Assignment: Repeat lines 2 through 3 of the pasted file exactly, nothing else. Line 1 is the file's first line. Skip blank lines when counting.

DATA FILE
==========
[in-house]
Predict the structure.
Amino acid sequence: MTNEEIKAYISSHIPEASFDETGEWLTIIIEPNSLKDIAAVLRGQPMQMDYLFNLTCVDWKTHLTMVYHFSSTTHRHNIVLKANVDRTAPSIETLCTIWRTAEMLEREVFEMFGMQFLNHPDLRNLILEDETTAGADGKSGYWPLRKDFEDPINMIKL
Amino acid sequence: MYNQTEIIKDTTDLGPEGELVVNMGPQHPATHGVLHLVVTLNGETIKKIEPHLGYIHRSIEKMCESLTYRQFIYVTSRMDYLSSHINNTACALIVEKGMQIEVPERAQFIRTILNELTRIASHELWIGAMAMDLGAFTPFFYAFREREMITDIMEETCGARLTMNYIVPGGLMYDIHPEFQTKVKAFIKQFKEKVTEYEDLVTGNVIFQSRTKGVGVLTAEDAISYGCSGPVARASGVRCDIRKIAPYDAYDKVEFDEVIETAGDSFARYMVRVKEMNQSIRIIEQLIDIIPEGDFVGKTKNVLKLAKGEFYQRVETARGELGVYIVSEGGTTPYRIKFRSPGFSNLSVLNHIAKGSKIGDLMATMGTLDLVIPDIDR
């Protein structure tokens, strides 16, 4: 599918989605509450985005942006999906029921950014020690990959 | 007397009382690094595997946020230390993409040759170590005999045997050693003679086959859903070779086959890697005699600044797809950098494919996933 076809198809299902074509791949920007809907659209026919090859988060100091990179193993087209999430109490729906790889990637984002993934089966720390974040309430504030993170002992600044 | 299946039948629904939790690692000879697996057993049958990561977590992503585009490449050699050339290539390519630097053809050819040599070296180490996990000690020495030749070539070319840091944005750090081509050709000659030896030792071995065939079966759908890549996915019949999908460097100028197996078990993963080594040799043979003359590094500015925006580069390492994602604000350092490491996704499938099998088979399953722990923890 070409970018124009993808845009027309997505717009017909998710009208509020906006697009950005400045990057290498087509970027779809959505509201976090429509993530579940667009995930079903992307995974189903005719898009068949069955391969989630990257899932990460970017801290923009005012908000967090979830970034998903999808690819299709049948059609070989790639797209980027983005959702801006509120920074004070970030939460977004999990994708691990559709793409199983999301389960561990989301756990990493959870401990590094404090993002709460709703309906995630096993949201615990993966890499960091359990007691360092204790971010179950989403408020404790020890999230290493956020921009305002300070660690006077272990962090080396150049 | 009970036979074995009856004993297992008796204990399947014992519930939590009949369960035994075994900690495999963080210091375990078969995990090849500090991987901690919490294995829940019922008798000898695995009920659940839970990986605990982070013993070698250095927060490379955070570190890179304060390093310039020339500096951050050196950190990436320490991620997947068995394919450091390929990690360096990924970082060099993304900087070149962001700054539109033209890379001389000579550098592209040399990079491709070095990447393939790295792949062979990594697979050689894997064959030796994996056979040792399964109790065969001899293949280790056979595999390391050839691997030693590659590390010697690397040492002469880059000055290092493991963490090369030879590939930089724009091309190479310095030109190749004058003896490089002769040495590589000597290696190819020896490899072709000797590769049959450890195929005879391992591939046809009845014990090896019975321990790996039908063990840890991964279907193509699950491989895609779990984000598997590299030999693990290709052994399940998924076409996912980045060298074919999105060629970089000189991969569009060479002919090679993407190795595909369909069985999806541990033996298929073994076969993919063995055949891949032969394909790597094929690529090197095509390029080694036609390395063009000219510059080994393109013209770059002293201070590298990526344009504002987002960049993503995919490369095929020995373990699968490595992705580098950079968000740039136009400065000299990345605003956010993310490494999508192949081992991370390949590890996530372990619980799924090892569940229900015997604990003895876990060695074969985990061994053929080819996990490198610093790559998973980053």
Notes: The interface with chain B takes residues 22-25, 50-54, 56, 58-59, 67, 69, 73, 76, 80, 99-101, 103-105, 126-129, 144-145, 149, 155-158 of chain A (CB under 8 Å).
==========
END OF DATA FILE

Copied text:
Predict the structure.
Amino acid sequence: MTNEEIKAYISSHIPEASFDETGEWLTIIIEPNSLKDIAAVLRGQPMQMDYLFNLTCVDWKTHLTMVYHFSSTTHRHNIVLKANVDRTAPSIETLCTIWRTAEMLEREVFEMFGMQFLNHPDLRNLILEDETTAGADGKSGYWPLRKDFEDPINMIKL